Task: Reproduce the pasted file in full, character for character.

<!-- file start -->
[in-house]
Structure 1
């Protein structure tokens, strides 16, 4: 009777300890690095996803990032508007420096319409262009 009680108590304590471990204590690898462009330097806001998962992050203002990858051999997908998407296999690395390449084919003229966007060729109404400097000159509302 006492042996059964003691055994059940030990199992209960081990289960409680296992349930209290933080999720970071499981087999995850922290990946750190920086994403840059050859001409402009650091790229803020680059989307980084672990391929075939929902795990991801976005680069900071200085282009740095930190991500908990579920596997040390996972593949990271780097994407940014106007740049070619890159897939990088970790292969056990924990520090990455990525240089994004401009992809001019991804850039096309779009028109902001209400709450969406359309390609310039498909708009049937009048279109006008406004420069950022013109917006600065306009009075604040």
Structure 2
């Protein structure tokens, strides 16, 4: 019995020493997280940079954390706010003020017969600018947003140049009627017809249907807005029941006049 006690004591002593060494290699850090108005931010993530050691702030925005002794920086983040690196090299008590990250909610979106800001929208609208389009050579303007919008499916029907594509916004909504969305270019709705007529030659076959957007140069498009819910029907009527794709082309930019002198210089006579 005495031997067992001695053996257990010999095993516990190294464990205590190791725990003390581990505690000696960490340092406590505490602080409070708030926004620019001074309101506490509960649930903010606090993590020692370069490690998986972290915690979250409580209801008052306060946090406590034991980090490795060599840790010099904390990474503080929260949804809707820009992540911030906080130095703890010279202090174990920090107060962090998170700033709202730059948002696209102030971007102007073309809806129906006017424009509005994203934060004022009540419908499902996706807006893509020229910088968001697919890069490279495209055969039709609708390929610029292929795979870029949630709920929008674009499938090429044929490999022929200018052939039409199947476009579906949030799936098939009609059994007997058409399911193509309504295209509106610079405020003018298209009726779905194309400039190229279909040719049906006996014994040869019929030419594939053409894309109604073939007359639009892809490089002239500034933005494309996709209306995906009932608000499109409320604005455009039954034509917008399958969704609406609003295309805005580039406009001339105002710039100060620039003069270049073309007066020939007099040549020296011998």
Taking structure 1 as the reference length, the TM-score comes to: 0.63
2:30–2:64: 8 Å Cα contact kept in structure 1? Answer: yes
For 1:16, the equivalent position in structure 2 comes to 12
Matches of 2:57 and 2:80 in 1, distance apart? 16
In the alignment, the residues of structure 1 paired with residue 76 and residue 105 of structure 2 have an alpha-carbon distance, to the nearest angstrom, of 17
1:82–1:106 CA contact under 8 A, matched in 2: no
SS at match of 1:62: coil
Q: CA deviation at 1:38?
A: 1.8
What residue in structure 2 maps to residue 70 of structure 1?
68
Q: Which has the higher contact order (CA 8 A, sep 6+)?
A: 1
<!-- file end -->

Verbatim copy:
[in-house]
Structure 1
């Protein structure tokens, strides 16, 4: 009777300890690095996803990032508007420096319409262009 009680108590304590471990204590690898462009330097806001998962992050203002990858051999997908998407296999690395390449084919003229966007060729109404400097000159509302 006492042996059964003691055994059940030990199992209960081990289960409680296992349930209290933080999720970071499981087999995850922290990946750190920086994403840059050859001409402009650091790229803020680059989307980084672990391929075939929902795990991801976005680069900071200085282009740095930190991500908990579920596997040390996972593949990271780097994407940014106007740049070619890159897939990088970790292969056990924990520090990455990525240089994004401009992809001019991804850039096309779009028109902001209400709450969406359309390609310039498909708009049937009048279109006008406004420069950022013109917006600065306009009075604040």
Structure 2
């Protein structure tokens, strides 16, 4: 019995020493997280940079954390706010003020017969600018947003140049009627017809249907807005029941006049 006690004591002593060494290699850090108005931010993530050691702030925005002794920086983040690196090299008590990250909610979106800001929208609208389009050579303007919008499916029907594509916004909504969305270019709705007529030659076959957007140069498009819910029907009527794709082309930019002198210089006579 005495031997067992001695053996257990010999095993516990190294464990205590190791725990003390581990505690000696960490340092406590505490602080409070708030926004620019001074309101506490509960649930903010606090993590020692370069490690998986972290915690979250409580209801008052306060946090406590034991980090490795060599840790010099904390990474503080929260949804809707820009992540911030906080130095703890010279202090174990920090107060962090998170700033709202730059948002696209102030971007102007073309809806129906006017424009509005994203934060004022009540419908499902996706807006893509020229910088968001697919890069490279495209055969039709609708390929610029292929795979870029949630709920929008674009499938090429044929490999022929200018052939039409199947476009579906949030799936098939009609059994007997058409399911193509309504295209509106610079405020003018298209009726779905194309400039190229279909040719049906006996014994040869019929030419594939053409894309109604073939007359639009892809490089002239500034933005494309996709209306995906009932608000499109409320604005455009039954034509917008399958969704609406609003295309805005580039406009001339105002710039100060620039003069270049073309007066020939007099040549020296011998």
Taking structure 1 as the reference length, the TM-score comes to: 0.63
2:30–2:64: 8 Å Cα contact kept in structure 1? Answer: yes
For 1:16, the equivalent position in structure 2 comes to 12
Matches of 2:57 and 2:80 in 1, distance apart? 16
In the alignment, the residues of structure 1 paired with residue 76 and residue 105 of structure 2 have an alpha-carbon distance, to the nearest angstrom, of 17
1:82–1:106 CA contact under 8 A, matched in 2: no
SS at match of 1:62: coil
Q: CA deviation at 1:38?
A: 1.8
What residue in structure 2 maps to residue 70 of structure 1?
68
Q: Which has the higher contact order (CA 8 A, sep 6+)?
A: 1